WW2 Vet Thanks Those Who Saved Him 70 Years Ago

(Credit: Stefan Mizha/U.S. Embassy Moscow)

MOSCOW - There was a moment, shortly after he was liberated from a Nazi prisoner of war camp by Soviet soldiers, that remains etched in Leroy Williamson's mind.

The Texan came across a group of Russians singing and dancing for joy. They soon brought over a pair of cows for them to eat, his first taste of fresh meat in over a year. They also brought in a donut machine, Williamson recalled with a smile.

This week, nearly 70 years later, Williamson traveled here to salute the Russian soldiers who fought to save him.

"I'm here is to just say thank you to the veterans," he said. He was pleasantly surprised to find that the gratitude is mutual.

Easing into an armchair, Williamson smiled and recounted the Russian general who invited him to lunch the day before, the aging Soviet war veterans who embraced him, and the Kremlin honor guard that escorted his visit to lay a wreath at Moscow's memorial to the Great Patriotic War, as World War Two is called in Russia. Ordinary Russians have welcomed him with open arms once they find out his story.

"It's been wonderful," he gushed. "I am so pleased with the attitude of the people here."

He had planned to meet with a surviving member of the Red Army's 44th Infantry Division, which liberated his camp, but the night before that man fell sick and had to be hospitalized.

Instead, Williamson was able to present a Purple Heart, awarded to those injured in battle, to a Soviet soldier who fought alongside American troops during the war. The man was overcome with emotion.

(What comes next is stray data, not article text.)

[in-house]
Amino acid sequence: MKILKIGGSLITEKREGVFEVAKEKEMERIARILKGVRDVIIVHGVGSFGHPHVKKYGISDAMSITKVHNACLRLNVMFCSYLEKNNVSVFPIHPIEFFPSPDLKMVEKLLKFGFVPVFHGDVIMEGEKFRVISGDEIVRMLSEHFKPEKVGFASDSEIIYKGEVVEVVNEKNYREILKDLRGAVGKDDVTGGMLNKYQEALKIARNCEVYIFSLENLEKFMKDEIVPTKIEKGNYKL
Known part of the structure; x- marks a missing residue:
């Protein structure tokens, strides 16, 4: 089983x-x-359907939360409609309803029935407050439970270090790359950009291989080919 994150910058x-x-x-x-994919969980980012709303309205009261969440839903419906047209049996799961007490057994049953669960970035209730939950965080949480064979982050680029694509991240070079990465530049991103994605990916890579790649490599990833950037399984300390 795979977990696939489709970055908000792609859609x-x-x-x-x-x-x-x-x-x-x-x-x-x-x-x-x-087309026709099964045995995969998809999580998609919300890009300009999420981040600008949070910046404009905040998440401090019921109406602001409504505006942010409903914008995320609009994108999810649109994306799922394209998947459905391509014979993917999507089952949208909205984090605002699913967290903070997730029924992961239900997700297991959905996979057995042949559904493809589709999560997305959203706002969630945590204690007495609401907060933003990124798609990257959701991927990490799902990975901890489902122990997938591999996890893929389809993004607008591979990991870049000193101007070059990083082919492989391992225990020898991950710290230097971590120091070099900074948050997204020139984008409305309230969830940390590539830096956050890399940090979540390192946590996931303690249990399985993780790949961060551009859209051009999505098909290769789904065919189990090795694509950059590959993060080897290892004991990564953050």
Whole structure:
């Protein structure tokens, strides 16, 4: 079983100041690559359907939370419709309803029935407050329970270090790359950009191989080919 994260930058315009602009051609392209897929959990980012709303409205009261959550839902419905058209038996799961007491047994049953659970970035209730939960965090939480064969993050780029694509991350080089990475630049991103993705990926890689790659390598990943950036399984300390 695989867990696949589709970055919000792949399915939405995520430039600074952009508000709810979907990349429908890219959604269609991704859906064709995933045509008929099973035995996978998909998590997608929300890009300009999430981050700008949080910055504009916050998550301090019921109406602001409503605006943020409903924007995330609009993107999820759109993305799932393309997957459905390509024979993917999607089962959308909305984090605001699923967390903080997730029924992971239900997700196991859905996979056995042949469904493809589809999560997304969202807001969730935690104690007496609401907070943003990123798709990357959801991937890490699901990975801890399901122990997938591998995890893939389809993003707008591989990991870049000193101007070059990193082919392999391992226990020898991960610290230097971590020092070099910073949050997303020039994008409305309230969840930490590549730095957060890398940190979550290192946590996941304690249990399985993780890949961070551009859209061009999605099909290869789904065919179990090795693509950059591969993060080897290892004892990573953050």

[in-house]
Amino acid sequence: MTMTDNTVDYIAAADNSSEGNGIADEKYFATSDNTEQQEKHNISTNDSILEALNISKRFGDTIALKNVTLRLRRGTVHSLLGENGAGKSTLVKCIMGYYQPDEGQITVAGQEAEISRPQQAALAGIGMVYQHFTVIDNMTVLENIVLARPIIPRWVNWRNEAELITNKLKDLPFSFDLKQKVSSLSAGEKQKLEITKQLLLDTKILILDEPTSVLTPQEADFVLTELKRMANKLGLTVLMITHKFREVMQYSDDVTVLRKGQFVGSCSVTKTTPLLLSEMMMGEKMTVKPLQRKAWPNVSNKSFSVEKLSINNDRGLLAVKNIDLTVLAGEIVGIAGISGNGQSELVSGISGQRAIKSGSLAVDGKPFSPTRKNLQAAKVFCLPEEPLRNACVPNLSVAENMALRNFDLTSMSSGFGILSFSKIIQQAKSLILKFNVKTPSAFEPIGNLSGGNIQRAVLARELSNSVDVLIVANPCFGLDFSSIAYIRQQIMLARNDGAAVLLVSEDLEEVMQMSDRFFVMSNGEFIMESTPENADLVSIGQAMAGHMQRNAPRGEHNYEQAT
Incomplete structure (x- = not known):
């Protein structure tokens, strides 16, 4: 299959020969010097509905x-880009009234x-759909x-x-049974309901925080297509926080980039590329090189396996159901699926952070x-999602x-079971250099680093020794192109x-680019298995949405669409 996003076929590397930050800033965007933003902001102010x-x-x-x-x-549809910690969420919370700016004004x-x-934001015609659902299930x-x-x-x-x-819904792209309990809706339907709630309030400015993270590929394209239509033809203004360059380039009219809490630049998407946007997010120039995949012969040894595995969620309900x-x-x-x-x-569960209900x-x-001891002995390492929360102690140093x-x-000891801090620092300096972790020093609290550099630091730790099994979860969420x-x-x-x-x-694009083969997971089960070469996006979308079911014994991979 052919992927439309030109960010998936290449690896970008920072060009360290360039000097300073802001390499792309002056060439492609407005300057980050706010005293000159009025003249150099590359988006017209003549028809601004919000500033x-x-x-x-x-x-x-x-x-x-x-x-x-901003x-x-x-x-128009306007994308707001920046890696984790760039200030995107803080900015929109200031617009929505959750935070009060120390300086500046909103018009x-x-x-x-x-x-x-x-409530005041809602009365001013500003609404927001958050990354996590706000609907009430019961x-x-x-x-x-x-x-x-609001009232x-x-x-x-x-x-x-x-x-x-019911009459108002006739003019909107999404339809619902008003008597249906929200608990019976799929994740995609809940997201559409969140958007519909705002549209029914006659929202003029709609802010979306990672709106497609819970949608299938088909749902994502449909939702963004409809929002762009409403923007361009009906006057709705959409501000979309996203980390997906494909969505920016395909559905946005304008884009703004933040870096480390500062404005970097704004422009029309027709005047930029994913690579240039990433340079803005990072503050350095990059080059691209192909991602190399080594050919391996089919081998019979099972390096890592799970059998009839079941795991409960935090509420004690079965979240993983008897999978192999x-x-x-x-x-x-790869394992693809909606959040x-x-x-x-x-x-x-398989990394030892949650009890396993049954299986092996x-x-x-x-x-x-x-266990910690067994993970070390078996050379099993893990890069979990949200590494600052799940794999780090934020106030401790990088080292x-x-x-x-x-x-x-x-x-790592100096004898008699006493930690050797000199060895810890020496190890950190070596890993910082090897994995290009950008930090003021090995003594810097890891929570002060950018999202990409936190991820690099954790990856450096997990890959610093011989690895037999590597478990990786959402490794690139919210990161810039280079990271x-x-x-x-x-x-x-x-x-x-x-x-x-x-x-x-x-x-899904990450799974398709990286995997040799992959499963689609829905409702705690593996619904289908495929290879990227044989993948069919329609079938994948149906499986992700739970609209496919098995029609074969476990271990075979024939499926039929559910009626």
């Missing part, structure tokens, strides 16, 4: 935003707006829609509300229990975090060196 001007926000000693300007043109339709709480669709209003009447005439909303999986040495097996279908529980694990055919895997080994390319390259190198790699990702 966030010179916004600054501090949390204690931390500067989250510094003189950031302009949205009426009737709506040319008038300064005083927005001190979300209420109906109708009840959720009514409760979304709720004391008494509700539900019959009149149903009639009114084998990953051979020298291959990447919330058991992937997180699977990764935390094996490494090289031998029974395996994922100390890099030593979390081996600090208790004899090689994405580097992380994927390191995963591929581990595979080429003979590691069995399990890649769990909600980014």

"He really gave me the bear hug," he chuckled.

At 93 years strong, Leroy Williamson retains an easy laugh and firm handshake. His voice only dips as he recalls his time in the Nazi camp.

Williamson did not even speak about his time as a prisoner of war until just a few years ago. Now he casually mentions daring anecdotes about smuggled radios and digging escape tunnels in passing as if talking about the weather.

During a bombing mission over Germany in April 1944, Williamson, then a 23-year-old 2nd lieutenant, was shot down. His memory of the day is as clear today as ever, yet he hesitates to describe what that it was like.

"When you can say you've survived that's the good part," he said before a long pause. "Naturally, the people (on the ground) didn't look at us very kindly."

Williamson spent several days in interrogation before being transferred to a prisoner of war camp on the Baltic Sea. During the winter, a cold wind roared off the water, just a few blocks away. At night, Allied bombs landed nearby.

He would remain there for 14 grueling months until May 1, 1945, just a week before Allied victory was declared, when Soviet troops pushed from the east "like gangbusters" and liberated his camp.

"They not only liberated us from prison camp, they did so many other good things for us," he said.

Those were heady times. The Americans and the Soviets had both fought against Nazi Germany and Williamson recalled the outpouring of support from the Soviets after President Franklin Roosevelt died.

That camaraderie, of course, would not last.

As the Cold War set in, Williamson would soon find himself on the other side of the Soviets as he flew supply runs as part of the Berlin Airlift when the city was cut off from West Germany. Soviet fighter jets would scramble to meet them.

"A Russian MIG would come, drop its flaps and wheels, stay with us a few minutes," he recalled. "I'd give a salute back and that was it."

Williamson was reticent when asked about the latest tensions between the United States and Russia, but offered a stern warning from a man who has witnessed the best and worst of US-Russian relations.

"We have to get along," he insisted. "We don't need a patriotic war or a World War 3."